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7 Mistakes I Made as an American in England

Time October 17th, 2016 in 2016 Fall, England | No Comments by

I thought going to an English-speaking, Westernized country meant “culture shock” would be minimal. I could not have been more wrong. The differences between England and the U.S. are too many to count and I have had my fair share of uncomfortable experiences. Today I share with you 10 instances in which I really felt like a confused foreigner in hopes that you will learn from my experiences.

1. Not looking both ways (or the right way) when crossing the street: I remembered that they drive on the opposite side of the road here when I got into my taxi at the airport. It was so strange; I felt like the entire car ride I was slightly leaning to the right as if my body weight would move the car over to the side that I normally drive on. While I would never EVER attempt to drive in this country, I failed to realize that this difference in road movements affects me even as a pedestrian. I will be the first to admit that sometimes I lack the patience to wait for the “WALK” sign at a crosswalk. If I see an opportunity, I usually decide to cross. This has proved to be a dangerous habit if you look the wrong direction in search for cars. In an attempt to avoid the national health service, look both ways before crossing the street.

2. Yellow light does not always mean stopping: Along the same lines of different road rules, here in England (and I have heard this applies to other European countries) the stoplight uses yellow on two occasions: before red AND before green. So if you’re like me and you see a yellow light as essentially the go-ahead to begin crossing, this is also another dangerous habit. Unless you were watching the stop light for awhile prior to know which color is going to follow the yellow, it is not safe to assume that the car is stopping. On a slight tangent I think the use of yellow to essentially mean “get ready to _(stop/go)__” is really interesting and I wonder whether it was added or if the U.S. eliminated it.

3. Bikes are just as dangerous: My final advice to fellow pedestrians is to be wary of cyclists. In my hometown people who bike are usually doing so recreationally – some in the sidewalk and some in the street. Here biking is an entirely different ball game. It is an efficient form of transportation and they are ruthless. My eyes widen as they weave around massive, double-decker buses and as they speed right towards me coming down the street. I have not seen it myself, but my friend told me that today he witnessed someone get hit by a bike and just hearing about it made my body ache. Treat bikes with the same vigilance as you do cars (and honestly maybe more because since they are smaller they can easily sneak up out of nowhere) and hopefully that won’t happen to you.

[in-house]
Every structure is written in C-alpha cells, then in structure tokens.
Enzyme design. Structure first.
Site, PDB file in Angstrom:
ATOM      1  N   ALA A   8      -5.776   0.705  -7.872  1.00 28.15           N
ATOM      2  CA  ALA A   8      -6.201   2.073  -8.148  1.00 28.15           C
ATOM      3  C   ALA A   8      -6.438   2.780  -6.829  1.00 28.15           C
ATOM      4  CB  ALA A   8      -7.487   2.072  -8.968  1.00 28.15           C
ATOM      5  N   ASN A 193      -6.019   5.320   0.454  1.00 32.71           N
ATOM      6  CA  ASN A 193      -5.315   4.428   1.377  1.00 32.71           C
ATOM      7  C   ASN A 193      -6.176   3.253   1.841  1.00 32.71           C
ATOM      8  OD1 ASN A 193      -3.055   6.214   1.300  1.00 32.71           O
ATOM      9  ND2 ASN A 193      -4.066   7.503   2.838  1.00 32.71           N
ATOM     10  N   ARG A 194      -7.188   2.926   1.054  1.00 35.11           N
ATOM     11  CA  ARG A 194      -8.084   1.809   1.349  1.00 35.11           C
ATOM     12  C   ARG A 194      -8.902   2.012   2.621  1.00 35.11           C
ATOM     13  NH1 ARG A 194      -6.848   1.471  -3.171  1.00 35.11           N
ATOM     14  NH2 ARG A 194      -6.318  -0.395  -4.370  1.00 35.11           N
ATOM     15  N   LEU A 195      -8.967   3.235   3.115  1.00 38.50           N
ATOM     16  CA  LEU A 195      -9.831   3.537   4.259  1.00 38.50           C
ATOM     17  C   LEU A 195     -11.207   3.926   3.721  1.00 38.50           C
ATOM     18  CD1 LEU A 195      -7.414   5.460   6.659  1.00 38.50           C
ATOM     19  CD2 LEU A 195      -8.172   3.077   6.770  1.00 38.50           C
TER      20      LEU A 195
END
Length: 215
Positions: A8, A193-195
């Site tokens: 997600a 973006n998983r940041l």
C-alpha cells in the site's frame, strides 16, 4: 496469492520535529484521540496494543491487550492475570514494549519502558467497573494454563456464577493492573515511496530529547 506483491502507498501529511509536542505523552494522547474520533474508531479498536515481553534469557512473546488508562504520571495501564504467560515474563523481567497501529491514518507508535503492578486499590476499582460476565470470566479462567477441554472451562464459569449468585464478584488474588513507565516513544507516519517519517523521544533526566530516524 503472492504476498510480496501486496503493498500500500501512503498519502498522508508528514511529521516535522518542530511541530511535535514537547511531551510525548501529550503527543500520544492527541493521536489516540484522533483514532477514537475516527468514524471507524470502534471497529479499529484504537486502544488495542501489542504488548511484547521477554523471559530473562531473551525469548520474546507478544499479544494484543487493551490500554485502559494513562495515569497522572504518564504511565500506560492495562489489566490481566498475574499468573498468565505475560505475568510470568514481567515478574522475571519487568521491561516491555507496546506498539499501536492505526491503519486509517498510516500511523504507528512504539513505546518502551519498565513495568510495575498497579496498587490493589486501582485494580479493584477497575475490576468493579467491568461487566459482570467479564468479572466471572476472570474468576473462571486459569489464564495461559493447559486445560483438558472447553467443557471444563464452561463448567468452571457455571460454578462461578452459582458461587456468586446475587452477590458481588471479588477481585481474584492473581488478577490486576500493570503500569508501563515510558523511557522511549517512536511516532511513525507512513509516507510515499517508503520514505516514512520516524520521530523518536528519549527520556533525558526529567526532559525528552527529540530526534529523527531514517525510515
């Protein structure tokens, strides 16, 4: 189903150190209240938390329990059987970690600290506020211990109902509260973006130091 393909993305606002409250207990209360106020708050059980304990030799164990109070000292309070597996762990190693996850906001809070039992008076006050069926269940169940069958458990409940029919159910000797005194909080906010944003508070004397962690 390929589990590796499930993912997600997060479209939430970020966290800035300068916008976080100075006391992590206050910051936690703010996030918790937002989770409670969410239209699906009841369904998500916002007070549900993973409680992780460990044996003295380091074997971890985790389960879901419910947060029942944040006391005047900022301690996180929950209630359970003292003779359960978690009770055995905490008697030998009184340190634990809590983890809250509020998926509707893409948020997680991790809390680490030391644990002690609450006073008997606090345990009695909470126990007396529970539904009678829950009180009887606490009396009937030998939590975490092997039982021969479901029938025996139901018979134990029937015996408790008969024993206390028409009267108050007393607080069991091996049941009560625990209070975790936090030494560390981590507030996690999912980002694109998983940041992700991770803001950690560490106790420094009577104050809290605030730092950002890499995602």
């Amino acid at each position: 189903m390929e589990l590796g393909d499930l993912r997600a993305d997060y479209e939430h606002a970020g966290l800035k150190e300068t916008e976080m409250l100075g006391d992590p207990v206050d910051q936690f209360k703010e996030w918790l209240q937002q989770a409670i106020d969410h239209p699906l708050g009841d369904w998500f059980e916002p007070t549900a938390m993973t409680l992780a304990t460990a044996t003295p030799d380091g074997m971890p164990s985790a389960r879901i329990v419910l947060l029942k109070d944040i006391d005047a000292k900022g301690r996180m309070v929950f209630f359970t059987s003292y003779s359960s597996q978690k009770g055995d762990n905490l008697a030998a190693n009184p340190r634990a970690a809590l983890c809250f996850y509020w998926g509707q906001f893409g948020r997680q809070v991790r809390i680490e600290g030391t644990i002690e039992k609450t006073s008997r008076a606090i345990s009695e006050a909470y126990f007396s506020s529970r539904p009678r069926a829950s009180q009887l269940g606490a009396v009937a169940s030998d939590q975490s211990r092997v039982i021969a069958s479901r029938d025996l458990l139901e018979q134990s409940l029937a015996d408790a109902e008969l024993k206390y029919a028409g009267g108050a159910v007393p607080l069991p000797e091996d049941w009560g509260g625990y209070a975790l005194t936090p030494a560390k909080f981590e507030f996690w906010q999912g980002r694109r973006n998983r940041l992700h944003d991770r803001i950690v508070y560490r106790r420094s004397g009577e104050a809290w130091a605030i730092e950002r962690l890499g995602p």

4. Be cognizant of operating hours: Unlike in the U.S. where things are open 24/7 for 7 days a week, most businesses in England have much more limited operating hours. Stores close much earlier and Sunday evenings are a ghost town. I discovered this the hard way when my friend and I got a late dinner and wanted to grab some dessert sweets from a grocery store on our way back. Our chocolate cravings were sadly unfulfilled as we walked past the dark doors of every store. At the same time stores do not always open as early either. It is completely normal for a store to open at 10:00 am as opposed to the 8:00 AM or 9:00 AM that I consider normal back in the U.S.

5. Mind your manners: This tip is more applicable to Oxford students. While it varies amongst colleges, most Oxford colleges have some sort of formal dinner. At St. Catz we have the option to go to a formal dinner (called “hall” short for formal hall) every weeknight. While dress code is completely casual, the dining etiquette is more refined. You sit in these long tables with attached desk lights, which almost make you feel like you should be studying. Every seat must be filled by top to bottom, so you can easily be seated next to a stranger. There are waiters, multiple courses, and you can BYOB. Something very important about hall is learning the etiquette. Luckily, the people I was seated next to at my very first hall informed me of all the rules before I broke too many of them. A notable rule is that you cannot eat until everyone around you has received their food – something that I wish I had known before I started inhaling these amazing potato wedges.

6. BYOB (with the second b standing for bags): Because England is much more advanced in terms of environmentally-minded rules and regulations, it costs money to purchase plastic bags at the grocery store. During orientation I attended the freshers fair/activity fair/clubs and societies fair where different student groups try to recruit new members. After the event I had 3 different canvas bags which have all been repurposed into grocery shopping bags. Even though the plastic bags are cheap, it is much easier to carry groceries in a sturdier bag. Sometimes when I know I’ll need a substantial amount of groceries, I go with an empty backpack. Depending on where your college is, the walk to the grocery store can be over 20 minutes and it will feel like more than that if you have plastic bags digging into your arms.